The main focus of the systemwide plan is a recommendation of “comprehensive alcohol policies and programs.” It encourages consistent enforcement of policies, regular gathering of and reporting of data to the CSU trustees, an annual review of policies by a universitywide council, a review of state laws, intervention and treatment options and a limit on alcohol vendor advertising.

The policy also provides each campus $1.1 million to fund the efforts.

But the question remains: Will all the recommendations, data-gathering and education really stop college freshmen from binge drinking?

“Will we ever be able to stop students from coming to college and experimenting with alcohol?” Wills asked rhetorically. “The answer to that is ‘no.’ That’s part of the process; they come here and want to stretch their wings. The trick is to not let it get out of hand.”

Although the university has been trying to limit binge drinking and redefine its party-hearty image since 1989, when Playboy magazine named Chico State as the top party school in the nation, to little avail, Wills said he hopes that a new strategy will help: social norming.

The philosophy of social norming is this, Wills said: People will tend to act the way they perceive their peers act. If they think, for example, that everyone around them will be wearing purple T-shirts, they will tend to want to fit in.

So it goes with heavy drinking at Chico State, Wills said.

“While our students do drink a lot, they don’t drink as much as they think they do,” Wills said.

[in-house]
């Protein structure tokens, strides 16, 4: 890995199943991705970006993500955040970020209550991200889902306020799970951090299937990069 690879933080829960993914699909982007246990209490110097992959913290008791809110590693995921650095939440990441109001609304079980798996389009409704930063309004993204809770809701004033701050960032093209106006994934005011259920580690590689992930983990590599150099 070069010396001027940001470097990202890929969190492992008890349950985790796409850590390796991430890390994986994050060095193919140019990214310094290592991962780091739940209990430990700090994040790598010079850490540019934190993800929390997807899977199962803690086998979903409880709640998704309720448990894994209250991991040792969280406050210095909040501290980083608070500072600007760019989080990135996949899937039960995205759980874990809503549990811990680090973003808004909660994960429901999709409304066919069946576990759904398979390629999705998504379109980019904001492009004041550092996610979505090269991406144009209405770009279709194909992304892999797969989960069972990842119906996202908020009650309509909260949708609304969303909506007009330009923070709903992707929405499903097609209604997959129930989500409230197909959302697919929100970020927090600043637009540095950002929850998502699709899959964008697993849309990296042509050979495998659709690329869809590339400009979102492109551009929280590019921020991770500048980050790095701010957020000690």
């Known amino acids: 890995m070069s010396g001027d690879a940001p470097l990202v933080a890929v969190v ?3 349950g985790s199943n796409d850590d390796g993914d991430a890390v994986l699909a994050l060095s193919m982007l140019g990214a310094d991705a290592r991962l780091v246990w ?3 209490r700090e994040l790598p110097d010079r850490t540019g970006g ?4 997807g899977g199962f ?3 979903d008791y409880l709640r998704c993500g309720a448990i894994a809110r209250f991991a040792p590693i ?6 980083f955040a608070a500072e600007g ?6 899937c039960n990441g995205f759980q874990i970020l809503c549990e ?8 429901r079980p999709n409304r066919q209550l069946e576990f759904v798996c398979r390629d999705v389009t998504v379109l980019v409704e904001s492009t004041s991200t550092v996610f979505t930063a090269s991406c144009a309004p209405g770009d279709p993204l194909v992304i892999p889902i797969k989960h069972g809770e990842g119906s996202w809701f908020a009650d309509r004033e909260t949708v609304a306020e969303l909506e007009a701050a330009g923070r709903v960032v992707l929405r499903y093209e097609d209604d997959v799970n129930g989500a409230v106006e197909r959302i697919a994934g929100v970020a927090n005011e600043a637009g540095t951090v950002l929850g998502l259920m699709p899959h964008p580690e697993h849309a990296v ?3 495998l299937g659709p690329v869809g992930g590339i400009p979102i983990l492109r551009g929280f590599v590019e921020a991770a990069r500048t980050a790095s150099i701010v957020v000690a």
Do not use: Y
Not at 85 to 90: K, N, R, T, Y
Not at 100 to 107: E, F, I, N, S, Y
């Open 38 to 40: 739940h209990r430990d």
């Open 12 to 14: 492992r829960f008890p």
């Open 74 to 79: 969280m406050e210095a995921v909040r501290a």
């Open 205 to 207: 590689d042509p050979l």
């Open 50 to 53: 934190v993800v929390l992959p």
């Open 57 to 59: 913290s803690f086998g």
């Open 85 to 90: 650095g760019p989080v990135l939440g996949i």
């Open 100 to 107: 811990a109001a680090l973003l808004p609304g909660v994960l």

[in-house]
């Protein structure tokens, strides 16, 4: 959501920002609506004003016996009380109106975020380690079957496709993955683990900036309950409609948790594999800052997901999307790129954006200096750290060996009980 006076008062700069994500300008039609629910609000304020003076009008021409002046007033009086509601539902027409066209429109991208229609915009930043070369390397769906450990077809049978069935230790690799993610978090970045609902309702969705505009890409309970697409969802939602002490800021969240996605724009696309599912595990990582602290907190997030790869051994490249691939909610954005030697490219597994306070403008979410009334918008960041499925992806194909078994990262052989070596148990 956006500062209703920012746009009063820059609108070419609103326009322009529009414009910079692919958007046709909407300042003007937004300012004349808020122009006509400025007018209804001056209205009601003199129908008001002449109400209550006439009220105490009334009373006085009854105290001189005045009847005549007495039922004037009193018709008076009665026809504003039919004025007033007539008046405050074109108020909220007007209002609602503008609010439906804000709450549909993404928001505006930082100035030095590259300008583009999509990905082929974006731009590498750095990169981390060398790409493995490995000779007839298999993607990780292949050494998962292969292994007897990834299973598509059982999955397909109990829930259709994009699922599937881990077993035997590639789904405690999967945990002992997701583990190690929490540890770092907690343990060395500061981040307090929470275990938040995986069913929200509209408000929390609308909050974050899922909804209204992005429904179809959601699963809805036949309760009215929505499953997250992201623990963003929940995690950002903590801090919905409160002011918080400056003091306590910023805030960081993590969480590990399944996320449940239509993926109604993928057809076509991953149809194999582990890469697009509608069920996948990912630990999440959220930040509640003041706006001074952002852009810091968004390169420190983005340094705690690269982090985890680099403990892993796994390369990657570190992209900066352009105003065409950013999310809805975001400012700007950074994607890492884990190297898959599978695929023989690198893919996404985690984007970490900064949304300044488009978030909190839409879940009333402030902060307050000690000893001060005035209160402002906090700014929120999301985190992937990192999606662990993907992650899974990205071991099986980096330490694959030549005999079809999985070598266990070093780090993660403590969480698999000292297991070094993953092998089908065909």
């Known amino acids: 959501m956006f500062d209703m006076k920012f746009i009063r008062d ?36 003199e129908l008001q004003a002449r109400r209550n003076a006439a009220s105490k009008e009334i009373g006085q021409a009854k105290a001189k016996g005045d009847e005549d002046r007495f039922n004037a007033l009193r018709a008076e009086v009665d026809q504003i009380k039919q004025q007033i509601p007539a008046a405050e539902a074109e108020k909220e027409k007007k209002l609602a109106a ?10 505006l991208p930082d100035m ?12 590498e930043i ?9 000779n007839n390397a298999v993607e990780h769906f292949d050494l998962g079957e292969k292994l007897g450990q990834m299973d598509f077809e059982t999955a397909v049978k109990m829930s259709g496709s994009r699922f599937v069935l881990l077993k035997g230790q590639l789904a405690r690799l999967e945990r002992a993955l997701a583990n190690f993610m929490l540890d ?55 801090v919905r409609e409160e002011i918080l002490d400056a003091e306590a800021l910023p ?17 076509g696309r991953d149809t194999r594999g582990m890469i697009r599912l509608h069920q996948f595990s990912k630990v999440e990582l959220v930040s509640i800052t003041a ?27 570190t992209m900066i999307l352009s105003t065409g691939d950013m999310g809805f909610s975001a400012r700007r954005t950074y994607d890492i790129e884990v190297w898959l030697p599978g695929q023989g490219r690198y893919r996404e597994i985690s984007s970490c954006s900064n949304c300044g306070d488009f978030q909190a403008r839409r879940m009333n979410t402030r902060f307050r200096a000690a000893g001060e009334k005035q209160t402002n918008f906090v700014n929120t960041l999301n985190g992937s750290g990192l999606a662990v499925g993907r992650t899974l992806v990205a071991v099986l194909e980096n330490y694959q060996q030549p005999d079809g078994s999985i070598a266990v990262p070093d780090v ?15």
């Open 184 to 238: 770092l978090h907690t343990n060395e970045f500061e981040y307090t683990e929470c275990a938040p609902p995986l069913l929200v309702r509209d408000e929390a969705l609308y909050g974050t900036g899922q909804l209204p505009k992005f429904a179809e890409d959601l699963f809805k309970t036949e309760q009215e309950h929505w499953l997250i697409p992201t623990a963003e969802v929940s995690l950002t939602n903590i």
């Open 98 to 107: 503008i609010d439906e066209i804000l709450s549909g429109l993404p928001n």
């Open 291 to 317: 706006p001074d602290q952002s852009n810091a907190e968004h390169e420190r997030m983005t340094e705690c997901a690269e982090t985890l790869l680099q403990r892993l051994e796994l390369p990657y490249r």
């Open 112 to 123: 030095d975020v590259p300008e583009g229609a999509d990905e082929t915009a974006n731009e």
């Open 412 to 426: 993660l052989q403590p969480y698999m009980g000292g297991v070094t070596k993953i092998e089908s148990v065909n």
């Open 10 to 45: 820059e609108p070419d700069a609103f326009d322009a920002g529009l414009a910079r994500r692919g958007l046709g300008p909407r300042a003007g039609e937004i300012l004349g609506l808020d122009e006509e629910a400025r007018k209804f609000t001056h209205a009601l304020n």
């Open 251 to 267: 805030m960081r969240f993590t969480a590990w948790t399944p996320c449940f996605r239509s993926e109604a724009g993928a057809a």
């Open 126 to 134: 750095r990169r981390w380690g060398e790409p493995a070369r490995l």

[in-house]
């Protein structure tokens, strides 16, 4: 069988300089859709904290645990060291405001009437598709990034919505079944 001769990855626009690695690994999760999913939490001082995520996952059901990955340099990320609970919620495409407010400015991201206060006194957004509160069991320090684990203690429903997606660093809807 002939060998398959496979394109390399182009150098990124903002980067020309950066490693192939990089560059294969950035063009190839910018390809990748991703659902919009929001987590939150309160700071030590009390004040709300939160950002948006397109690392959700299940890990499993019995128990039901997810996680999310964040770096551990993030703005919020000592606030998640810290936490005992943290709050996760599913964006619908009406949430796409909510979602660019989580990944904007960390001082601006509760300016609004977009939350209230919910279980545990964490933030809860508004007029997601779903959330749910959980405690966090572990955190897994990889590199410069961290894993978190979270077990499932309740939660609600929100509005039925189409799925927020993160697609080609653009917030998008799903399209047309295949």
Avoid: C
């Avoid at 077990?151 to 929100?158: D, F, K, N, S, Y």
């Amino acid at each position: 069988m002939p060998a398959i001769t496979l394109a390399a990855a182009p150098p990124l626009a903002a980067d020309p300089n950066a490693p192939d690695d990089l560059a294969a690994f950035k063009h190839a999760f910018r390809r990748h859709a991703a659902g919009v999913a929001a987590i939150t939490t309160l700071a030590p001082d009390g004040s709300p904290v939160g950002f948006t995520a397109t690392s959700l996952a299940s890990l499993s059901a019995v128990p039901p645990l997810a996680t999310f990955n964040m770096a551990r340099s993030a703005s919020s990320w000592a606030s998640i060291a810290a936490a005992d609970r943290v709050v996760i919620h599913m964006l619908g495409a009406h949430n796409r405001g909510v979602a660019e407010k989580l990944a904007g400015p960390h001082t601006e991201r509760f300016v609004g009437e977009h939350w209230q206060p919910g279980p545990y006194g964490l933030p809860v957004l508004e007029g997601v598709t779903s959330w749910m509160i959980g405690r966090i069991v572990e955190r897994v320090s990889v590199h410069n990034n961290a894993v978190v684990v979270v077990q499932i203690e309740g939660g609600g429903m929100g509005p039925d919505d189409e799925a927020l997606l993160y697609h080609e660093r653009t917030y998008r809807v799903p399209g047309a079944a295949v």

The university’s new President’s Advisory Task Force on Alcohol will mount a massive campaign this fall, Wills said, to convince students of just that. He pointed out that last year’s widely hailed cooperation between the Chico police, university officials and downtown bar owners resulted in smaller and less violent Halloween and St. Patrick’s Day celebrations and said he hopes that the cooperation will continue.

But he admitted that the university would never be able to stop binge drinking completely.

“The fact of the matter is, the university can do everything in its power to limit access to alcohol on campus to students,” he said. “But they live in the world. … They can walk right off campus, and there are bars everywhere, a whole different ethic at work. It’s very difficult.”

It may be that America’s prohibition on alcohol use by minors contributes to the problem, by making drinking a rite of passage into adulthood. In many countries that have no such prohibition and even young children are exposed to moderate alcohol use—France, Italy and Spain, for example—binge drinking is virtually unknown.

Ultimately, as long as students think drinking themselves into a stupor is normal, even expected behavior, it probably will continue. And only when they themselves agree that becoming so drunk that one loses control—of behavior or bodily functions—is intolerable and to be shunned will they stop doing it.